Tough economy a catapult for small businesses
Richard Patterson shares his knowledge on how small business owners can actually grow their companies during challenging economic times. Accounting for 28% of New Zealand’s gross domestic product and employing over 600 000 people, small and medium sized enterprises (SMEs) contribute significantly to the economy. ¹ Commonly linked to highly economically sensitive industries such as […]
Richard Patterson shares his knowledge on how small business owners can actually grow their companies during challenging economic times.
Accounting for 28% of New Zealand’s gross domestic product and employing over 600 000 people, small and medium sized enterprises (SMEs) contribute significantly to the economy. ¹ Commonly linked to highly economically sensitive industries such as construction, real estate and retail, their chances of surviving and thriving in slowed economic times depends greatly on their ability to nurture their local customer bases, consolidate, maintain focus and contain costs.
Very often in slowed economic periods, SMEs can actually grow their businesses by honing customer service, controlling costs and staying focused on their areas of specialisation. Frenzied attempts to diversify and accrue more customers to generate more income are rarely successful.
Thanks to their size and locality, SMEs can be more adaptable to changing economic climates. Their customers are primarily locally based and prefer to spend their money in their own communities and support local businesses. It’s essential for small business owners to continually nurture the relationships they have with their local customers and community.
Many business operators who originate from an area have built relationships within their communities from the day they started. These relationships provide an important layer of business support which in many cases is bidirectional as they may be customers of one another. By establishing strong connections with local operators, small business owners can support each other.
Notably, when a business owner originates from an area, they already have a connection with that community which makes them more in tune with the issues that impact their customers’ spending habits.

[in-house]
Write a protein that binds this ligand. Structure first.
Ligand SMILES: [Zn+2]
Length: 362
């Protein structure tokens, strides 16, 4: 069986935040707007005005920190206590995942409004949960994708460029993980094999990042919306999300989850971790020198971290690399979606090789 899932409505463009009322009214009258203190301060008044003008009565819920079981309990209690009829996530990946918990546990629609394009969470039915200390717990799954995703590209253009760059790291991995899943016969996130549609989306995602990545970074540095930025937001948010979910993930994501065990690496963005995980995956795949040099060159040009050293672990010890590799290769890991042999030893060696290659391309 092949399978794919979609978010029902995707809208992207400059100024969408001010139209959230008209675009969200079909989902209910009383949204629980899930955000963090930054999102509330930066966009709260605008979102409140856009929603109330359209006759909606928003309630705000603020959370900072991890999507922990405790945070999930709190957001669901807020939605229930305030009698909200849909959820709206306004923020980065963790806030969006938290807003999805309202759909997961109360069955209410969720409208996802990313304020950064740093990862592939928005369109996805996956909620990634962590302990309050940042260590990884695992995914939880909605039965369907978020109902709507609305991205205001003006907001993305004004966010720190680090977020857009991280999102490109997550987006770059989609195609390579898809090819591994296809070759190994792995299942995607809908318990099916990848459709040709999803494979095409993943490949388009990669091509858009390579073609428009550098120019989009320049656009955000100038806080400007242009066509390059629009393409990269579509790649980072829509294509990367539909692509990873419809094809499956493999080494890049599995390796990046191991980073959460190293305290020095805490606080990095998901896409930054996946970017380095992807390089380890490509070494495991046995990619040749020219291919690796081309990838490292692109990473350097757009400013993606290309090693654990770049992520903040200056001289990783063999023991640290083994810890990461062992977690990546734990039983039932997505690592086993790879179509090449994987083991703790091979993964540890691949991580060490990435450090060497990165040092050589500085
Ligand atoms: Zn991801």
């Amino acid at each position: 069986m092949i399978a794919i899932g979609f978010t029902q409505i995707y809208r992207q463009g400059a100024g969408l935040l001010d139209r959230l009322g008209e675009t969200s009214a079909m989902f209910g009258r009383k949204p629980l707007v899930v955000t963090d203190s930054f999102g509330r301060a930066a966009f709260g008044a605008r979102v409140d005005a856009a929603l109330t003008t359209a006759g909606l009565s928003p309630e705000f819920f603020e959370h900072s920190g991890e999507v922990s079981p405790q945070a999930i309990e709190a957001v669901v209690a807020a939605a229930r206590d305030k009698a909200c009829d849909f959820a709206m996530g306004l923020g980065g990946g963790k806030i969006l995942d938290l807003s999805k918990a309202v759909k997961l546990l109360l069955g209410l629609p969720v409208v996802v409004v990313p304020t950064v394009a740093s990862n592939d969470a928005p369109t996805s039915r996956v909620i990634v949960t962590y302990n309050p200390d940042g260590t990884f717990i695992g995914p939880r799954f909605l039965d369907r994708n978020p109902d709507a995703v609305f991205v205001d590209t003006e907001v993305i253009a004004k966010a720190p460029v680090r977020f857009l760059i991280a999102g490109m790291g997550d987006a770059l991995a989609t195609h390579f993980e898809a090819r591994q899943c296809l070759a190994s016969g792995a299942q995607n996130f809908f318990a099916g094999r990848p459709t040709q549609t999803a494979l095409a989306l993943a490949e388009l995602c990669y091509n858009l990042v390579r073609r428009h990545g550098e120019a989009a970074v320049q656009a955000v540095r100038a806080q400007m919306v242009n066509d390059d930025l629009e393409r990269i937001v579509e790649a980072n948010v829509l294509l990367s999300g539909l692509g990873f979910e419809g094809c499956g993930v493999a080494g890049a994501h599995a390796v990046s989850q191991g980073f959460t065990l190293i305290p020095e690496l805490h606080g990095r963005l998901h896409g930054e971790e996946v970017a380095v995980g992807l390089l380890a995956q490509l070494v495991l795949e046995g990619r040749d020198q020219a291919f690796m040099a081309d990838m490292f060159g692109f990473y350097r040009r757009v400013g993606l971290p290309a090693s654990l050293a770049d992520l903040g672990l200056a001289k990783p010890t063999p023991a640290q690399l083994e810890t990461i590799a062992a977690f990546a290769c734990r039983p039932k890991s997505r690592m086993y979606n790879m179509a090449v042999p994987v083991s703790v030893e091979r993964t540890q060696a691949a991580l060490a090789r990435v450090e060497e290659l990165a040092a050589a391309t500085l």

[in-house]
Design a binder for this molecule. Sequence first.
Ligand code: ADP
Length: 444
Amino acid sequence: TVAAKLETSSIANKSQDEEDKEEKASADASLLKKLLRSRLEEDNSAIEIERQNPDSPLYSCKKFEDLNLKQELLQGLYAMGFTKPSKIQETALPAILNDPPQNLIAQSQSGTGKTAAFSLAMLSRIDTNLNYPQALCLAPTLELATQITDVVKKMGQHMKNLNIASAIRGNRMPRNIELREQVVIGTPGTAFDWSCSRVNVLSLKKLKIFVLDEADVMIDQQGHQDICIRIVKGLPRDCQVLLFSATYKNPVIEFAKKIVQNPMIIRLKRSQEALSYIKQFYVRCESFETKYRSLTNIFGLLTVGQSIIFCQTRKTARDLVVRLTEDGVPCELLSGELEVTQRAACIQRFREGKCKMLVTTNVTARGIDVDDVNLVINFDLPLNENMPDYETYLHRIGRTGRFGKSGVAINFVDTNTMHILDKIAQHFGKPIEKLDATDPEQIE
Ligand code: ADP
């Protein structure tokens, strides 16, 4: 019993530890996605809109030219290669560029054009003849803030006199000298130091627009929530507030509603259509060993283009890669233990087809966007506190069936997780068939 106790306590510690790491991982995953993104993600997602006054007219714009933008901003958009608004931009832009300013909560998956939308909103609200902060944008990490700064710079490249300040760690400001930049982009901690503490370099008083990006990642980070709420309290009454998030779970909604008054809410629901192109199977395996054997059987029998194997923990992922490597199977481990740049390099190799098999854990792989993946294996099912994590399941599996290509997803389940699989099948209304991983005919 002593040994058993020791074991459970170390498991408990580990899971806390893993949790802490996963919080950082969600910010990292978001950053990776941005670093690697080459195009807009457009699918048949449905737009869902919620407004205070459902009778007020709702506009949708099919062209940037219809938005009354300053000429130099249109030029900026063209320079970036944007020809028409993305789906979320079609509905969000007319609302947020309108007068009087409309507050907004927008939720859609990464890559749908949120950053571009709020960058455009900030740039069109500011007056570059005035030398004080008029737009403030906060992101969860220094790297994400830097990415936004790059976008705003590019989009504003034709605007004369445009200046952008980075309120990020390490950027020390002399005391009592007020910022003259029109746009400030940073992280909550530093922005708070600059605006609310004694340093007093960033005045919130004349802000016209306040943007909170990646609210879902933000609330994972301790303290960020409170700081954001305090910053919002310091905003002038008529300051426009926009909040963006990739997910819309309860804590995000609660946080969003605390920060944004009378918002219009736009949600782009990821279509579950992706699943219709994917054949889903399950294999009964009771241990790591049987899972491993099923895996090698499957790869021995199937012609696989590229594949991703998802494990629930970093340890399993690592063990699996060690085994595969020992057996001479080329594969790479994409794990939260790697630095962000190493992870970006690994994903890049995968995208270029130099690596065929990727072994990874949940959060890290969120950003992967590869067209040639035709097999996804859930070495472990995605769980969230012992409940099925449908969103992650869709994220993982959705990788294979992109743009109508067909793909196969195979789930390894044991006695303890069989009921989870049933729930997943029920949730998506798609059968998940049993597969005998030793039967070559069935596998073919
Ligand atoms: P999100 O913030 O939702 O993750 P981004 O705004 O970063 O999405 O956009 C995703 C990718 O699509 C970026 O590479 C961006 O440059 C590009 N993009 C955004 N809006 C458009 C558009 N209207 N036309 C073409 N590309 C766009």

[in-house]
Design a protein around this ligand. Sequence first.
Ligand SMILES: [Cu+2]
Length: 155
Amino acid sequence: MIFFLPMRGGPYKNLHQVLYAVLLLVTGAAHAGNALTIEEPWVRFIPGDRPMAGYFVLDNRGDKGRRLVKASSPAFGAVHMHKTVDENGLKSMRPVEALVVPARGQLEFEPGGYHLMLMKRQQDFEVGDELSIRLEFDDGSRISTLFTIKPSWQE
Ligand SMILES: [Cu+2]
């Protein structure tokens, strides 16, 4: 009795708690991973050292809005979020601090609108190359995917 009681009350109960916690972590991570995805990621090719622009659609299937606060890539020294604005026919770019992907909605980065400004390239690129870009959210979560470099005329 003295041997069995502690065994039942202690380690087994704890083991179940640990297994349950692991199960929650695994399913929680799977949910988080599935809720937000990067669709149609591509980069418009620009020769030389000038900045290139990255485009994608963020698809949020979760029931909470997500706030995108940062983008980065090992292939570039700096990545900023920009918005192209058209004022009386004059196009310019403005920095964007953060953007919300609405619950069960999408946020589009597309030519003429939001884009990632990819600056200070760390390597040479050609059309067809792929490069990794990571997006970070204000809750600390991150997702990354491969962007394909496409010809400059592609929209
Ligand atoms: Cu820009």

It affords the opportunity to fine tune offerings and align their customer service to this, as well as create unique selling points that are not built on being the lowest cost producer or cheapest service provider. These unique selling points can help retain loyal customers, even when times are tough or there is growing competition.
Business owners should consider;
- What shifts are their customers experiencing in their operating environment and how are these shifts being reflected in their activity levels?
- Where are the areas that add the greatest value to strengthen the business relationship? Are these areas changing, or staying constant?
- Is price becoming a factor?
- How are invoice payments looking? Are the number of customers falling behind with payment rising or falling, and why?
This information combined will position a business owner to stay on top of what is happening in their business and make informed decisions with regards to increasing their value to customers as well as exploring new opportunities.
Careful business planning is critical, especially for SMEs operating in economically sensitive industries such as finance, construction, real estate and retail. These industries are driven by economic cycles which impact business. When the cycle has bottomed and is turning up, businesses then have the opportunity to expand and grow.